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Cuisine Guide

Cooking with Caribbean flavours

08 April 2021

Cooking with Caribbean flavours

Caribbean cooking can put a truly tasty twist on your go-to recipes.

With a melting pot of inspiration and flavours, Caribbean cooking can put a truly tasty twist on your go-to recipes. From jerk seasoning to savoury fruits, there’s plenty of choice to help you discover your new favourite dish.

The signature spice mix of the Caribbean, jerk seasoning gets its kick from ingredients like chillies, garlic, cinnamon, thyme and nutmeg. Used as a dry rub or a marinade, the flavours are infused with meat to create a delightfully spicy dish. Feeling inspired? Try out our simple Jerk Chicken recipe for a delicious dinner.

As an incredibly versatile ’nut’, coconut has many uses in cooking and nothing goes to waste when it comes to Caribbean cuisine; coconut milk, cream, water, oil, sugar, flour… the list goes on. The ‘meat’ and milk are used in both sweet and savoury dishes like rice and peas, curries and cakes. Coconut sugar is an alternative to refined sugar for baking and you can use coconut flour for gluten free bakes.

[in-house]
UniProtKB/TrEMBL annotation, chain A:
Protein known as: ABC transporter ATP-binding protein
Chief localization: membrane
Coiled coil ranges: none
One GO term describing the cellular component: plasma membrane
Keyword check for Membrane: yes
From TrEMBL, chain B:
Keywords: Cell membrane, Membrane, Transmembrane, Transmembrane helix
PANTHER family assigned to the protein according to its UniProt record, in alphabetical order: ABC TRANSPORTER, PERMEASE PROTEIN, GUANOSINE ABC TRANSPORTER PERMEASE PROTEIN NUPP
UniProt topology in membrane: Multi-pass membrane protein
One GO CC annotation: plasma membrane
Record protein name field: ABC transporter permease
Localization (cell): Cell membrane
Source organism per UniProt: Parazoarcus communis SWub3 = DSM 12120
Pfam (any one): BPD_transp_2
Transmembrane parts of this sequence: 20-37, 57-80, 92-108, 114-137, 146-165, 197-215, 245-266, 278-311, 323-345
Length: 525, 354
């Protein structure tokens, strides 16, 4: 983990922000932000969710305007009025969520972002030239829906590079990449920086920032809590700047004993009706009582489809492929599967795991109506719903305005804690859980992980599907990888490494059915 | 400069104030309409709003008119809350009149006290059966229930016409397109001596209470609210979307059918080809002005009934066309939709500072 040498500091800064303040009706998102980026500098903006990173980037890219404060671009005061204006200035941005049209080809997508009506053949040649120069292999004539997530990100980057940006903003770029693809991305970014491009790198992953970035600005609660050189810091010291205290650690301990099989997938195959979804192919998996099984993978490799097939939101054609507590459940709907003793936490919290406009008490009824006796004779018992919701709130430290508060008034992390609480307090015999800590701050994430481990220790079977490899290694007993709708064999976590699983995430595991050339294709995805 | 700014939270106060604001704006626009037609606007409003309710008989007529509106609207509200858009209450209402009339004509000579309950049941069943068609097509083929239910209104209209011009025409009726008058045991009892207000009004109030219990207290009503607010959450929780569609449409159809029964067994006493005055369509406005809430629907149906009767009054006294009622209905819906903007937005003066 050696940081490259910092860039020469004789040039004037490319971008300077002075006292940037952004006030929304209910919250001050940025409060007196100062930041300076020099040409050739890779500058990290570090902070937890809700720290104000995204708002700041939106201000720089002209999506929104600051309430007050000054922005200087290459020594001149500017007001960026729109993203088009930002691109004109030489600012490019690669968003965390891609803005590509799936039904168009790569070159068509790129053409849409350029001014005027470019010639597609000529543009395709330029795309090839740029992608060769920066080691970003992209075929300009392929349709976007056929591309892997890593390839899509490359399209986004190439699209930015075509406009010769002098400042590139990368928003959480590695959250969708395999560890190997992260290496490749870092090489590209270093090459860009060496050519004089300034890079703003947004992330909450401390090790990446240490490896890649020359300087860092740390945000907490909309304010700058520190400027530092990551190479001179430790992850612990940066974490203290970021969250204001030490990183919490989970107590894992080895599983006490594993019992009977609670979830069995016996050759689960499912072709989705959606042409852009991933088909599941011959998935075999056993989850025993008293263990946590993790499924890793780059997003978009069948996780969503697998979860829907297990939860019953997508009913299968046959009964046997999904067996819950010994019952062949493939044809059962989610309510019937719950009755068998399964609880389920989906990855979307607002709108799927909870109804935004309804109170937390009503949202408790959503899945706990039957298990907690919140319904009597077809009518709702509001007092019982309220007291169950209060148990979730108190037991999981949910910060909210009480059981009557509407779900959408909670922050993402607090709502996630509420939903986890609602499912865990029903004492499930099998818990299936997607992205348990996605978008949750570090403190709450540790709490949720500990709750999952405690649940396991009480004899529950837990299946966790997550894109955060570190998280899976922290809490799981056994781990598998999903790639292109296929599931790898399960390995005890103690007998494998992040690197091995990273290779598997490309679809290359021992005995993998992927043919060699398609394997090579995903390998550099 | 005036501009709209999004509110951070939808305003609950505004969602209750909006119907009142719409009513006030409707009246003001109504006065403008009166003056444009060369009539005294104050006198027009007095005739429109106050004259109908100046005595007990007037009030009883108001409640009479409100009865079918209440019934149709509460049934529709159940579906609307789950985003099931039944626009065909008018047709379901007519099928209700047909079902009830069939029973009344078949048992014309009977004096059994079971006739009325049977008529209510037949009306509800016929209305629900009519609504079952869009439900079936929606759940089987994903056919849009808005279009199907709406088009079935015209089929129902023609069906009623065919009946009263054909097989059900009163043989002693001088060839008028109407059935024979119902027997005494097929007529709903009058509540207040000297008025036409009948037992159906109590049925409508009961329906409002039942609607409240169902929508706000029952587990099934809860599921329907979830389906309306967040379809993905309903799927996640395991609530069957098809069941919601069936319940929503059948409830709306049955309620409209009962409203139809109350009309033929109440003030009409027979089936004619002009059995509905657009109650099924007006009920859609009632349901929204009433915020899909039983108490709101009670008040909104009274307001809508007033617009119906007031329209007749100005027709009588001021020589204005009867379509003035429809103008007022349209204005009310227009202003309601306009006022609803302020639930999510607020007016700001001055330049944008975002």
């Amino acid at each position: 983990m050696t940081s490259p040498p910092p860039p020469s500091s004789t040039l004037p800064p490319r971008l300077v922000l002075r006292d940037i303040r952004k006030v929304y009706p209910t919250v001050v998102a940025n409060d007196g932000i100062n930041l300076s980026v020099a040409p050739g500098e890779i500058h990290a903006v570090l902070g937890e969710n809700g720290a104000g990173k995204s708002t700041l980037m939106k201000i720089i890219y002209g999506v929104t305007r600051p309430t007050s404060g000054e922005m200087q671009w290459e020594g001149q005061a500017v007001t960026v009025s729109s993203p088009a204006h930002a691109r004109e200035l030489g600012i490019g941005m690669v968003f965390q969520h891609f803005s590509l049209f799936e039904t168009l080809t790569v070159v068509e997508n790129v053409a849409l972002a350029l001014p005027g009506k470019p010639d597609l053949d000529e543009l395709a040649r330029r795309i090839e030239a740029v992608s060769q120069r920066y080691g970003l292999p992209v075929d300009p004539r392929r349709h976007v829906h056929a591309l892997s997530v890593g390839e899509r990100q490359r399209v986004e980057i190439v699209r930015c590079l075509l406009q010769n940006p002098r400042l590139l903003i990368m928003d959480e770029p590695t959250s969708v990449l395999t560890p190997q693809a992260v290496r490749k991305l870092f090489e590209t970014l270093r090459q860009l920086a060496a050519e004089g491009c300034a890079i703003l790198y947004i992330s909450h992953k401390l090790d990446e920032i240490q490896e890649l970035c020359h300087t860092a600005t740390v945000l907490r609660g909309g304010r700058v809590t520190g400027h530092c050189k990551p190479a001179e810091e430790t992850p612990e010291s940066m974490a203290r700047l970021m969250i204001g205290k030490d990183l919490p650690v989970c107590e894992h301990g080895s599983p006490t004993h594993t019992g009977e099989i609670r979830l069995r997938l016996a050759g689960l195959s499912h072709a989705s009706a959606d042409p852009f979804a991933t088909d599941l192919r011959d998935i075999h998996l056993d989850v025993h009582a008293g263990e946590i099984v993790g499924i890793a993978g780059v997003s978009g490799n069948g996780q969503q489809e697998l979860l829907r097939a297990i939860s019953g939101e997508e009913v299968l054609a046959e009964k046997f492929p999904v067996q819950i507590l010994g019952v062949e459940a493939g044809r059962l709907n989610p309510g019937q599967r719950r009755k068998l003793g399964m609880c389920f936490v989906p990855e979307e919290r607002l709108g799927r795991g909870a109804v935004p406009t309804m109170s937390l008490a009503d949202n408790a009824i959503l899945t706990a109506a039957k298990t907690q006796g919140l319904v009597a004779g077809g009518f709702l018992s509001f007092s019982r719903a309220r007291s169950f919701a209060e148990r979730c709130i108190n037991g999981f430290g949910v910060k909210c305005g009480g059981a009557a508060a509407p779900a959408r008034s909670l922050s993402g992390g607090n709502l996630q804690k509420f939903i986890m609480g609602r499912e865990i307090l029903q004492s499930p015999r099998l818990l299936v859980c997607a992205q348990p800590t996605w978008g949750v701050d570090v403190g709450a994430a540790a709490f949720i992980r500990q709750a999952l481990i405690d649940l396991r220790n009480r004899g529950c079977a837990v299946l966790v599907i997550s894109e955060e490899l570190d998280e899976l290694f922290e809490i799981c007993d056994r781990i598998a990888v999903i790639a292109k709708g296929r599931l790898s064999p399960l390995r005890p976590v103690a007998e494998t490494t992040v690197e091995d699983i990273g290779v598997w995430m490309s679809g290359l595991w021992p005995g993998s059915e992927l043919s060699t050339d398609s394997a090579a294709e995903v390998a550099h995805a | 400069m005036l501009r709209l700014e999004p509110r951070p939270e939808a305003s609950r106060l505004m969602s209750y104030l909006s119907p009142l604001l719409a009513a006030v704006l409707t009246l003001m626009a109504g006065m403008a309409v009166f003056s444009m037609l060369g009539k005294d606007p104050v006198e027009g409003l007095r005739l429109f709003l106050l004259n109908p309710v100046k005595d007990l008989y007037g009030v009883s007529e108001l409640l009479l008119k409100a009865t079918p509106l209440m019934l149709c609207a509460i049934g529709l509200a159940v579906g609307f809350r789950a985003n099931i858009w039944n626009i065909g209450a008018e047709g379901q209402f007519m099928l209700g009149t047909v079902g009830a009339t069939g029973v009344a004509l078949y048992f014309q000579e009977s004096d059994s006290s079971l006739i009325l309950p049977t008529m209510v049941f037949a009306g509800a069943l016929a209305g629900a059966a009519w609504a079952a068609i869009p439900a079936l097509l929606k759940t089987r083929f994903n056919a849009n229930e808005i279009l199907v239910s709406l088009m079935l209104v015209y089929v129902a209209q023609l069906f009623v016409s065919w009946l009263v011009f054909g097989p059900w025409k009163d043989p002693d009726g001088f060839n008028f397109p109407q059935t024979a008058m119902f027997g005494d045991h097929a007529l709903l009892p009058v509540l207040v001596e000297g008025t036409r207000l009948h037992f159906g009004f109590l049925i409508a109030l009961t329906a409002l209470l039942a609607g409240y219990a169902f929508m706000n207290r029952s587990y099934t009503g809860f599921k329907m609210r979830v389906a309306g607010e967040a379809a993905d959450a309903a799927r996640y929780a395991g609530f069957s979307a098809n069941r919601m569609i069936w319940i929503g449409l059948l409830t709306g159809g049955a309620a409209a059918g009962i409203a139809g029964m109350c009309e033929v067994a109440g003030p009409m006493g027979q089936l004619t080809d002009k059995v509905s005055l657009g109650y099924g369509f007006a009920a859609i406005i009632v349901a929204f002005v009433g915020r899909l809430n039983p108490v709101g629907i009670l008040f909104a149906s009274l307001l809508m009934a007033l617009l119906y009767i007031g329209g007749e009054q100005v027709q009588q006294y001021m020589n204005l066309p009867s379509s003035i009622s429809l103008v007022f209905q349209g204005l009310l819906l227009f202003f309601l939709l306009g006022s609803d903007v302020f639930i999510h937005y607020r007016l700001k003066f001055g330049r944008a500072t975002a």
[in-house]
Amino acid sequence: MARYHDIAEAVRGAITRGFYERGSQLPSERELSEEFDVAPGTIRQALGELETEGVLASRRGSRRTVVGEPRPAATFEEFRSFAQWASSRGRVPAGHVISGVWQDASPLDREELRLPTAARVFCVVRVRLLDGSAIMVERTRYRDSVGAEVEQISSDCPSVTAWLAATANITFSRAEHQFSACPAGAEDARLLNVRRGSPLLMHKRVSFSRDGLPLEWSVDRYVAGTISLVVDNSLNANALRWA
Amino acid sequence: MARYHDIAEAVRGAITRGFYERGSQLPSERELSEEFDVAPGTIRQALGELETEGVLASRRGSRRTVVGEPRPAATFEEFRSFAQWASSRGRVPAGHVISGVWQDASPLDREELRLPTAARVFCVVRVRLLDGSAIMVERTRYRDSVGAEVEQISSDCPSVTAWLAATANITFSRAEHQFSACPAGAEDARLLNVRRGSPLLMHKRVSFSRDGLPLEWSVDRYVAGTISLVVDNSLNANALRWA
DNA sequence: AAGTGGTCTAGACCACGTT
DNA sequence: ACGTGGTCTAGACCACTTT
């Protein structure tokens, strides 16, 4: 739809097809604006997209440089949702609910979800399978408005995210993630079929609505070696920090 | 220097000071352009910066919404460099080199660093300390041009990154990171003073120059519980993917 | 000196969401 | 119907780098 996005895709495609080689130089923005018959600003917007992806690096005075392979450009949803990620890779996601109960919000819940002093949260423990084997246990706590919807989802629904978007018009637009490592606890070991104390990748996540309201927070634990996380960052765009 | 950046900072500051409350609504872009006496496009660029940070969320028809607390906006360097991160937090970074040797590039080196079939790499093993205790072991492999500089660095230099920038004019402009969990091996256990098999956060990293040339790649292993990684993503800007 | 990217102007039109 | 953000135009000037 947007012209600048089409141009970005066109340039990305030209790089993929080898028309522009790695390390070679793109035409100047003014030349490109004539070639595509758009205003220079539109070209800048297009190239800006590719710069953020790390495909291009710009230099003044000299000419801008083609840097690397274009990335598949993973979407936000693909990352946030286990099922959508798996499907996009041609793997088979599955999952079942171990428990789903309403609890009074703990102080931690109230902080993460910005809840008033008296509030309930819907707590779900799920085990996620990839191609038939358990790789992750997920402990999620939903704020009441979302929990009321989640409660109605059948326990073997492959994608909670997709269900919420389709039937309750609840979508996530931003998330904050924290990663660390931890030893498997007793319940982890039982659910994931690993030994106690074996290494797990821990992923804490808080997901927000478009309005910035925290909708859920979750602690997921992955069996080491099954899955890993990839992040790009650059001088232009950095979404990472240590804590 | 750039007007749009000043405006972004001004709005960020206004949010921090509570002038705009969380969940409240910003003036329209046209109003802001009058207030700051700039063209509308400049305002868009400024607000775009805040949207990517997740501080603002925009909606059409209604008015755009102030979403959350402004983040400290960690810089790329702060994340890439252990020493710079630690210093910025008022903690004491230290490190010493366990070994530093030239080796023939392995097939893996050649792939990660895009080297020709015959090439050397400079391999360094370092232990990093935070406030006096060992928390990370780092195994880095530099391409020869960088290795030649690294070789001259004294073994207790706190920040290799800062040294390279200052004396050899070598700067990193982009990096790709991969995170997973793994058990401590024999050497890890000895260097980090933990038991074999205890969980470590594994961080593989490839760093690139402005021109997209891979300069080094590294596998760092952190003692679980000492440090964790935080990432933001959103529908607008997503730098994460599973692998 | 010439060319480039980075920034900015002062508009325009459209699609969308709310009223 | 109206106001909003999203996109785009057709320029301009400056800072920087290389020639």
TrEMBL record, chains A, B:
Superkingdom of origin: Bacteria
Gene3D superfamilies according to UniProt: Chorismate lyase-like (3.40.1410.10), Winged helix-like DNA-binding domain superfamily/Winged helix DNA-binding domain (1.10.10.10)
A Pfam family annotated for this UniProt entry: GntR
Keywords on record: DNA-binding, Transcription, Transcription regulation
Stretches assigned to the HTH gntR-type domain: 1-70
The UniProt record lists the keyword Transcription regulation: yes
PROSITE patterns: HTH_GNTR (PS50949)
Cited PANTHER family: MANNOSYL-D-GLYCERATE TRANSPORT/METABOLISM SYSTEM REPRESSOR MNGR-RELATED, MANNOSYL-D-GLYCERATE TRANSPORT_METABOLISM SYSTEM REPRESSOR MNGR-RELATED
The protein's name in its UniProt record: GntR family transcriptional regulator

While it looks almost exactly like a banana, plantain is much more suited to savoury dishes and is more akin to a sweet potato. Traditionally it’s fried in butter and served alongside jerk chicken, but roasting also brings out the delicious flavour and it works well in stews and soups.

Not just for fruit salads, fruits like papaya, pineapple and mango are used in savoury dishes too. Before it’s ripe, the papaya is treated like a vegetable, similar to a squash, and is often stuffed and baked or used to make chutneys and relishes. Grilled fruit is also a favourite dish in the Caribbean, with a mixture of chopped fruit sprinkled with brown sugar and cinnamon then grilled on a barbecue.

Rice and Peas
You might be thinking of green garden peas but in the Caribbean, peas actually refers to beans, often red kidney beans. Cooked with rice in a host of spices and other tasty ingredients, it’s no surprise this dish has become a staple in Caribbean cooking.